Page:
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# The Smoluchowski time scale

From Eq. (4.8) we see that the particle loses its memory of its initial velocity after a time span . Using equipartition  its initial velocity may be put equal to . The distance it travels, divided by its diameter then is (4.23)

where the value 10-5 refers to normal colloidal particles. We see that the particles have hardly moved at the time possible velocity gradients have relaxed to equilibrium. When we are interested in timescales on which particle configurations change, like in dynamic light scattering experiments , we may restrict our attention to the space coordinates, and average over the velocities.

A very crude way to arrive at the equations of motion is the following. On the timescale referred to above, and which is called the Smoluchowski time scale , the average velocity is zero, or constant in case we apply an external force. Eq. (4.2) then becomes (4.24)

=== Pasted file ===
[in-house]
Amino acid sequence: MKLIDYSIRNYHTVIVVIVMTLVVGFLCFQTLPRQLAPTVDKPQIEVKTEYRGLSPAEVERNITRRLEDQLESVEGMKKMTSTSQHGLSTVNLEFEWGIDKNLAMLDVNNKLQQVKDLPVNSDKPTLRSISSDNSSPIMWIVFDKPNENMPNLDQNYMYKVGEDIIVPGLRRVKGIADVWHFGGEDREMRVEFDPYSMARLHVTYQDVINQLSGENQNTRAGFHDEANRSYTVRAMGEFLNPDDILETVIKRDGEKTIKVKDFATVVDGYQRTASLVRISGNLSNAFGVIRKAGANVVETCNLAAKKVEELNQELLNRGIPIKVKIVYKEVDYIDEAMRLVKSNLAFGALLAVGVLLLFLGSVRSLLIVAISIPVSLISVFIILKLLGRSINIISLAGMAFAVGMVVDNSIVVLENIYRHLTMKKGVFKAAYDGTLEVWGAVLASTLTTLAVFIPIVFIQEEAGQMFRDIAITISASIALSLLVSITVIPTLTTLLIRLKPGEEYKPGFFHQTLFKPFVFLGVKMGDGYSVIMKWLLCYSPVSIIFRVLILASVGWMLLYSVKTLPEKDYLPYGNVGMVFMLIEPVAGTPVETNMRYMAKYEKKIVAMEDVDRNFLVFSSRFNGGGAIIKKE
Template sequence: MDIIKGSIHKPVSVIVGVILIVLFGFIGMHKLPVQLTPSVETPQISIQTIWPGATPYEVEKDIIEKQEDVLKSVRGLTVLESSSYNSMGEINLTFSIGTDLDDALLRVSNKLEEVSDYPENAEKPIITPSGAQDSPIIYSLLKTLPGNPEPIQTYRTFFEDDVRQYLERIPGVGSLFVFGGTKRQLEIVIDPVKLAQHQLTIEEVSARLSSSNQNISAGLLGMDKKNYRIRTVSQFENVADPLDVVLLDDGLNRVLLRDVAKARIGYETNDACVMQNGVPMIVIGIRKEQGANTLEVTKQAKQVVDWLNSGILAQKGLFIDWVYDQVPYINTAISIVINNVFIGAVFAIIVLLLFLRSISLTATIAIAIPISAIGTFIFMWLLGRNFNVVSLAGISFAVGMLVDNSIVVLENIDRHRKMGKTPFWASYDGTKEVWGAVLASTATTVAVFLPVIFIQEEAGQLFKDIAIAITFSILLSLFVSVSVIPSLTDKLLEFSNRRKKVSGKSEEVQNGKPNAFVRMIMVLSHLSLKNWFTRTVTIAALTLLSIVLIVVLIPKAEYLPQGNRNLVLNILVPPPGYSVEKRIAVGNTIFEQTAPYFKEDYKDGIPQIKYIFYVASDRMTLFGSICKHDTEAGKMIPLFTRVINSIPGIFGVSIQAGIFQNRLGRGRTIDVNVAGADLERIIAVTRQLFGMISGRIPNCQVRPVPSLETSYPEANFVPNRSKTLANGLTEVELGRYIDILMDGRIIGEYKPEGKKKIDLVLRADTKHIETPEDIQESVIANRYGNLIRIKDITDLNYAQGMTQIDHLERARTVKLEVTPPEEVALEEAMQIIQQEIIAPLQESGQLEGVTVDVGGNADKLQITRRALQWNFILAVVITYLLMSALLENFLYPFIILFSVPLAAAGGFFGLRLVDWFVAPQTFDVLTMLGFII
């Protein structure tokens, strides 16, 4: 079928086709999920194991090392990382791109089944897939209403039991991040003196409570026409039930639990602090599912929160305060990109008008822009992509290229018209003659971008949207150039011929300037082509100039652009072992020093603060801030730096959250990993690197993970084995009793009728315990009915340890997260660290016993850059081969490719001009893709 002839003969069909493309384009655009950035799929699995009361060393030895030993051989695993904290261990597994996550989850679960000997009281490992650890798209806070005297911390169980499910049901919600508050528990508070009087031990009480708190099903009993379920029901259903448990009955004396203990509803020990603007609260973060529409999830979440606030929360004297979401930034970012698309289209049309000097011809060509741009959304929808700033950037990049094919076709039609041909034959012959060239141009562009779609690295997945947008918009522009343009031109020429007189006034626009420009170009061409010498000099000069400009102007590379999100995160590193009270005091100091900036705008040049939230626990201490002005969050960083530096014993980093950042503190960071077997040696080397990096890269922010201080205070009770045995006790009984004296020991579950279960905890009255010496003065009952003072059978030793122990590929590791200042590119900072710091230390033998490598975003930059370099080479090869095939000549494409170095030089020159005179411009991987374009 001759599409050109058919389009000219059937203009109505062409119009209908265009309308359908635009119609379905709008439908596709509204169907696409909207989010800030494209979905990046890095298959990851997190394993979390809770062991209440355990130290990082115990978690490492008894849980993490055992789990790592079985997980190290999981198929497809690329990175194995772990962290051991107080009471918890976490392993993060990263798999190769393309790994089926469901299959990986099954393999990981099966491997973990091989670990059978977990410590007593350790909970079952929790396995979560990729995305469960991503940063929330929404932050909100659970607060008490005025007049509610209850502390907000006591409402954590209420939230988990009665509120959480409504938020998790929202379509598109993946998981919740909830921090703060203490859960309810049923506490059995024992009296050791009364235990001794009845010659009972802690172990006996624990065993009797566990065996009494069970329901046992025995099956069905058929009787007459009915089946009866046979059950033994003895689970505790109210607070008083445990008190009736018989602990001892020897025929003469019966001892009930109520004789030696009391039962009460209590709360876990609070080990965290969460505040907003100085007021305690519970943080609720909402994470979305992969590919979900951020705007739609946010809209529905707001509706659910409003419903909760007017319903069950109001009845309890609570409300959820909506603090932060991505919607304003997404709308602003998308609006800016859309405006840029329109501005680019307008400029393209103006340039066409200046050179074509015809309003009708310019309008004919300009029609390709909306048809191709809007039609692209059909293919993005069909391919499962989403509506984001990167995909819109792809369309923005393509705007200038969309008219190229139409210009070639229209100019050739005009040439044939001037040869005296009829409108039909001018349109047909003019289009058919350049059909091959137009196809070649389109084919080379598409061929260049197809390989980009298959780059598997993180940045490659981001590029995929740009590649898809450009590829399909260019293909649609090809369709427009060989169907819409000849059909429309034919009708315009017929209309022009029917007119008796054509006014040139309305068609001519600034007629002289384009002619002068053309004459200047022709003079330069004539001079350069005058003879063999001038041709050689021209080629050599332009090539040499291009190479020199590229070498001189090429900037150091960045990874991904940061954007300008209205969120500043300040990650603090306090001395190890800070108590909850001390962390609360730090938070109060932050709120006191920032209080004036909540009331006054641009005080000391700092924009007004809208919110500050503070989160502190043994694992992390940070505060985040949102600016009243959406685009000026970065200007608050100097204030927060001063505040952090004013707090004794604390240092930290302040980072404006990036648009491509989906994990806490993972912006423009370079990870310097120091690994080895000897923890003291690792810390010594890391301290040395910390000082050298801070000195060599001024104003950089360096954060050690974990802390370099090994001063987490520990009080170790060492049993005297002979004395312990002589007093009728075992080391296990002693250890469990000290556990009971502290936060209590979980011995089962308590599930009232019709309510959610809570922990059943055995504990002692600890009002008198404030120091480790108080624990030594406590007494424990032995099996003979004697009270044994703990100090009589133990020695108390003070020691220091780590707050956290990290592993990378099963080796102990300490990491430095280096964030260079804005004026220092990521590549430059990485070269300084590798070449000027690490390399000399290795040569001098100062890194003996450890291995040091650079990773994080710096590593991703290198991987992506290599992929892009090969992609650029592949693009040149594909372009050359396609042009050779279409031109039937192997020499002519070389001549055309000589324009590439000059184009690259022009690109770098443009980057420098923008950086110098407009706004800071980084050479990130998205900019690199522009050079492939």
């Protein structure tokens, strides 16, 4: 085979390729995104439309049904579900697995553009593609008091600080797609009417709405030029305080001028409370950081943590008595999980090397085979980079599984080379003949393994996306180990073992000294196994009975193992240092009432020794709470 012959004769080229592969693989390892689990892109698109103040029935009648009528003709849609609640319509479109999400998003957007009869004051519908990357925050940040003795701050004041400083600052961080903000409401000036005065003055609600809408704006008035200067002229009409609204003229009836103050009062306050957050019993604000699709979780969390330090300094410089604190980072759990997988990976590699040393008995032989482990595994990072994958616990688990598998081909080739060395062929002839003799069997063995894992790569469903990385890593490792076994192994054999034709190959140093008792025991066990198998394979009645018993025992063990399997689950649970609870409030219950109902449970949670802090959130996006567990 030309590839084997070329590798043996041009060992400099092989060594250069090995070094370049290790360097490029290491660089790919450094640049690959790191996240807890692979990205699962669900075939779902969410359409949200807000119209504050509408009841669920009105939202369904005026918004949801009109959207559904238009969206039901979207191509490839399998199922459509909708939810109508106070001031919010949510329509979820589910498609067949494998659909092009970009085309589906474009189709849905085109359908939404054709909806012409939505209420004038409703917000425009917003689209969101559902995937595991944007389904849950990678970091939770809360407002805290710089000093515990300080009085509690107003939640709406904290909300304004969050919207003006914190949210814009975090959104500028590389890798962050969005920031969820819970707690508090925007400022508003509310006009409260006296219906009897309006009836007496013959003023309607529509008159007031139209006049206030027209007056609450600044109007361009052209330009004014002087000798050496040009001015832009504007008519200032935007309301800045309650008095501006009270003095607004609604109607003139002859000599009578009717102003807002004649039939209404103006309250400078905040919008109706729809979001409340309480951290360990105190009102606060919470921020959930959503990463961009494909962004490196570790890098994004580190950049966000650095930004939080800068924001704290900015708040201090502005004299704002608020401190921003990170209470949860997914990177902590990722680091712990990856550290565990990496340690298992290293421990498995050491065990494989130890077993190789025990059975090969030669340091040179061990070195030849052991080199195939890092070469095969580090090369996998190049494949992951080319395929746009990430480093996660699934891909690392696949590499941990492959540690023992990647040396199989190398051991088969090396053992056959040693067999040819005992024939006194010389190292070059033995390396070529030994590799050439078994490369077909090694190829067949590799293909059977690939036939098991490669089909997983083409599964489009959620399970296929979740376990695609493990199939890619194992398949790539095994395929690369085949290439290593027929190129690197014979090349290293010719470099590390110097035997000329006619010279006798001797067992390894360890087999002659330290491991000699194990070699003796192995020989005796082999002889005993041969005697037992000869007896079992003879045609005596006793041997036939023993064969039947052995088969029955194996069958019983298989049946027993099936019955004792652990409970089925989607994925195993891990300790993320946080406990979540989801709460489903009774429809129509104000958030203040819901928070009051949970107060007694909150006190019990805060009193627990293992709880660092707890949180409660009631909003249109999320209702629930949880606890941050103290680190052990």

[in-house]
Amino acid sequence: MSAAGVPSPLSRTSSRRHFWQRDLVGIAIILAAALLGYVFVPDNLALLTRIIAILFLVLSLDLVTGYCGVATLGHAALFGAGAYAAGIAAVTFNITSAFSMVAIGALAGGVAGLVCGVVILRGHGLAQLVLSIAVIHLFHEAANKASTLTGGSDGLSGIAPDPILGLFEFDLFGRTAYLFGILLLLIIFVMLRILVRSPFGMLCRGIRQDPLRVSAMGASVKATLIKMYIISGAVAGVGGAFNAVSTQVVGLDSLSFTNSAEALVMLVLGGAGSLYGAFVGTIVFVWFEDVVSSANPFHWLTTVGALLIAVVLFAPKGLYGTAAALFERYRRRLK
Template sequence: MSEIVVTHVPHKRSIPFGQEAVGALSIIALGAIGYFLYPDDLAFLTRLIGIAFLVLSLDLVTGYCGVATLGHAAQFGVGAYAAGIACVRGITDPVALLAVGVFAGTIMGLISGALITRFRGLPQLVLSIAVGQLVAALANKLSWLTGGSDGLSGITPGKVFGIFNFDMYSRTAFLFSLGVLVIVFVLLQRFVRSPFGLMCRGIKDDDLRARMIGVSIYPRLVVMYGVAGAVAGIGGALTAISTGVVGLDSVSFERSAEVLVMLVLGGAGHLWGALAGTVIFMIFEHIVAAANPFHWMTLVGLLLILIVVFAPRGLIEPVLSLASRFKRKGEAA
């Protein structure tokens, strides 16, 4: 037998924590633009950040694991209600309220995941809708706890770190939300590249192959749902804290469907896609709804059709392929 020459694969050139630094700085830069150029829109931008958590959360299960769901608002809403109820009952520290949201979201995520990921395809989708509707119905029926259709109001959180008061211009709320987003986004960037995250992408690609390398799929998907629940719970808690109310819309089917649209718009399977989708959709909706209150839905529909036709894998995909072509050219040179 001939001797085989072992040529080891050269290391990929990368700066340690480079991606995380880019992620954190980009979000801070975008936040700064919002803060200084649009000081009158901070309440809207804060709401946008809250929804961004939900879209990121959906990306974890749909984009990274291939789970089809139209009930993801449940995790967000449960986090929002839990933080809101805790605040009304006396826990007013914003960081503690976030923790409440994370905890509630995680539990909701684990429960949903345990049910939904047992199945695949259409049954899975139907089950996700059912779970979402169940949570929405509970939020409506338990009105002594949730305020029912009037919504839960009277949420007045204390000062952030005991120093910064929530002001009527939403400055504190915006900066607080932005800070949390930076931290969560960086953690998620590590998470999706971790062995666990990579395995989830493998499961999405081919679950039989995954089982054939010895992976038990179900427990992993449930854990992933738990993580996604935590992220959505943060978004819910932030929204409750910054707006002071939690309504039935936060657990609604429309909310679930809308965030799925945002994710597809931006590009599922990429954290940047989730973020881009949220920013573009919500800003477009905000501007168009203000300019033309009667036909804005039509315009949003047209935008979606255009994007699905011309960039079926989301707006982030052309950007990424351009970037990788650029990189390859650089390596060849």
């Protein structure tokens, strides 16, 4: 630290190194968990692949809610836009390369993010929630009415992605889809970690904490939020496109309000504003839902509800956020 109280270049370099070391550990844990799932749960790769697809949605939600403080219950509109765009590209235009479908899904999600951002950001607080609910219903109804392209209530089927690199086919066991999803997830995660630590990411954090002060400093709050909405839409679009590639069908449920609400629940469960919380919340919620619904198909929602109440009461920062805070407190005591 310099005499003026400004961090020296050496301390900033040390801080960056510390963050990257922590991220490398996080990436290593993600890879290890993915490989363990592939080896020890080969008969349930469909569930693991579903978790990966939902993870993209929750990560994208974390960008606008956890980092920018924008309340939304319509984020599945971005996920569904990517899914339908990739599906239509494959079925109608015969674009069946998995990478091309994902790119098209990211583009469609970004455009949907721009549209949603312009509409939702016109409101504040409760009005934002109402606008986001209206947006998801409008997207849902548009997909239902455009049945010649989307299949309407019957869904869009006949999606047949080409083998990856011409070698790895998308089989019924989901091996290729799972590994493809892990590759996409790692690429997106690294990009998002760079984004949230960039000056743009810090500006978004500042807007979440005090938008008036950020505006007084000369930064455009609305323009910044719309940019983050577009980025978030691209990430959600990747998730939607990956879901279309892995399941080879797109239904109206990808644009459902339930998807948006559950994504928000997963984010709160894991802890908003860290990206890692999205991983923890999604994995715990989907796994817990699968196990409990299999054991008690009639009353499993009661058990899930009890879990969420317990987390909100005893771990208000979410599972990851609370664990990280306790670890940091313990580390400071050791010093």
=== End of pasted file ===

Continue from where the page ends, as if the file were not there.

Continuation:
where is the external potential . Rewriting this, and using the fluctuation-dissipation theorem  we get = (4.25) = (4.26)

These equations are correct when D is independent of the position of the particle. However it is clear that the random term now refers to a completely different timescale than in the original Langevin equation ; nevertheless is obtained here from by dividing the latter by , meaning that the ''derivation'' given here must be wrong. The flaw occurs when the instantaneous acceleration is put equal to zero in Eq. (4.24). In fact it is the average acceleration which should be put equal to zero.

In the next section we shall derive the Smoluchowski equation, governing the time development of the distribution of particles on the Smoluchowski timescale. In Appendix C we shall then show that the correct Langevin equations  which lead to the Smoluchowski equation  are: = (4.27) = (4.28)

In our treatment of the Rouse chain in Chapter 6 the diffusion constant will be independent of , in which case Eqs. (4.27) and (4.28) are equivalent to Eqs. (4.25) and (4.26).     Next: The Smoluchowski equation Up: Stochastic processes Previous: The Fokker-Planck equation
W.J. Briels